Publication [ID: 119]

Agriculture, food and jobs in West Africa


Food economy accounts for nearly two-thirds of the total employment in West Africa. The newly released OECD publication “Agriculture, food and jobs in West Africa” examines the major trends of this job market and key spatial implications for the sector shaped by increasing urbanisation, population and income growth. The paper offers advice on what aspects to consider while designing targeted employment strategies, relevant for the rural youth and women.


Why is off-farm labour demand growing?

The paper first gives an overview of the food employment in the region. Agriculture remains the most significant employer there. However, the share of the off-farm activities and jobs in food related production and services is increasing. The major drivers behind this transformation are increased urbanisation and rising incomes. The local diets are shifting respectively: the demand for more diverse and convenient to prepare foods is rising. People increasingly rely on markets for purchasing food. These changes drive the labour demand in the off-farm sector. According to the publication, this trend in labour demand will become even more pronounced, as the food economy becomes more specialised and diversified.


The West African Papers series explores African socio-economic, political and security dynamics from a regional and multidisciplinary perspective. It seeks to stimulate discussion and gather information to better anticipate the changes that will shape future policies. The series is designed for a wide audience of specialists, development practitioners, decision makers and the informed public. Initiated by the Sahel and West Africa Club (SWAC) to highlight and promote West African issues, the work presented is prepared by its Secretariat, Members and partners, other OECD departments, related international organisations, associated experts and researchers.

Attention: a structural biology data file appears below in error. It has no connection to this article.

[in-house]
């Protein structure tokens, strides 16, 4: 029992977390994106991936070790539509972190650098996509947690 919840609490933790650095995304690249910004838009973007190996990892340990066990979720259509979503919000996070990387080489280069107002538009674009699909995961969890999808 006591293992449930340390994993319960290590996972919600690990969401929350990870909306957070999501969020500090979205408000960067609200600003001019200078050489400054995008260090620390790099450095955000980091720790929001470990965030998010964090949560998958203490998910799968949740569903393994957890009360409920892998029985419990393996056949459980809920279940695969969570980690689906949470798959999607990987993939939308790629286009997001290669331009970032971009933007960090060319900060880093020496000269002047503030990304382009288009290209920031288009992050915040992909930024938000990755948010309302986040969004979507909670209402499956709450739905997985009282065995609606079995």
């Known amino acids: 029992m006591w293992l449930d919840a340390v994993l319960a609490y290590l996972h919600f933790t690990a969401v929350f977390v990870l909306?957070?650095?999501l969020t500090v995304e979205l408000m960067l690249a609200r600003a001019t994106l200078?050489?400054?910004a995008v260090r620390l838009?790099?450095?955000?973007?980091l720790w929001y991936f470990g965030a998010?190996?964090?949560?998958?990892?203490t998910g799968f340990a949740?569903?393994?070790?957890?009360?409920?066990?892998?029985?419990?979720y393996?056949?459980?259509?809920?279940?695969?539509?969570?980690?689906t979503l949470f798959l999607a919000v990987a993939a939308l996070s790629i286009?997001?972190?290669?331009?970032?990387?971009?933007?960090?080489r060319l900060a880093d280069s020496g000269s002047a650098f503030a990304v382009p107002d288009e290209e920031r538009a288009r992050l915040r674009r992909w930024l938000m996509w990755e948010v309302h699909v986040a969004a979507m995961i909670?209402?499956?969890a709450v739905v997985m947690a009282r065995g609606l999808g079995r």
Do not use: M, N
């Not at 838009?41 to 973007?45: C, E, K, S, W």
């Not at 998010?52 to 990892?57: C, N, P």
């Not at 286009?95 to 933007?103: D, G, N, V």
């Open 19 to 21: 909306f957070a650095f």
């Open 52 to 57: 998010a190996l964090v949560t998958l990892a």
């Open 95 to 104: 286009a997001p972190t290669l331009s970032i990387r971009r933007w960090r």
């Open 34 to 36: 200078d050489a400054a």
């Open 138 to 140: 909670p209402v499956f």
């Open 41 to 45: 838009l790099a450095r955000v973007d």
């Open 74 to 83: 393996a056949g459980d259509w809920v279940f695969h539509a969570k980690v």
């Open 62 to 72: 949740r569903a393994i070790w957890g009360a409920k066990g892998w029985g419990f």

Systems approach: a way to uncover employment and production potential

The role of the food economy as the major employer in the region makes it a key leverage point for providing for decent livelihoods in the rural areas. According to the OECD paper, the future jobs strategies in the region, in particular for youth and women, need to integrate a systems approach that builds upon the links between agricultural productivity, off-farm employment, as well as rural and urban areas. The authors of the publication believe that to develop the untapped employment and production potential in the food economy, the deeper understanding of the food system is needed. The first crucial steps to gain this understanding would involve identifying where this potential is highest and why, how to remove obstacles to entry for women and youth, and developing the projections for labour’s exit from agriculture.


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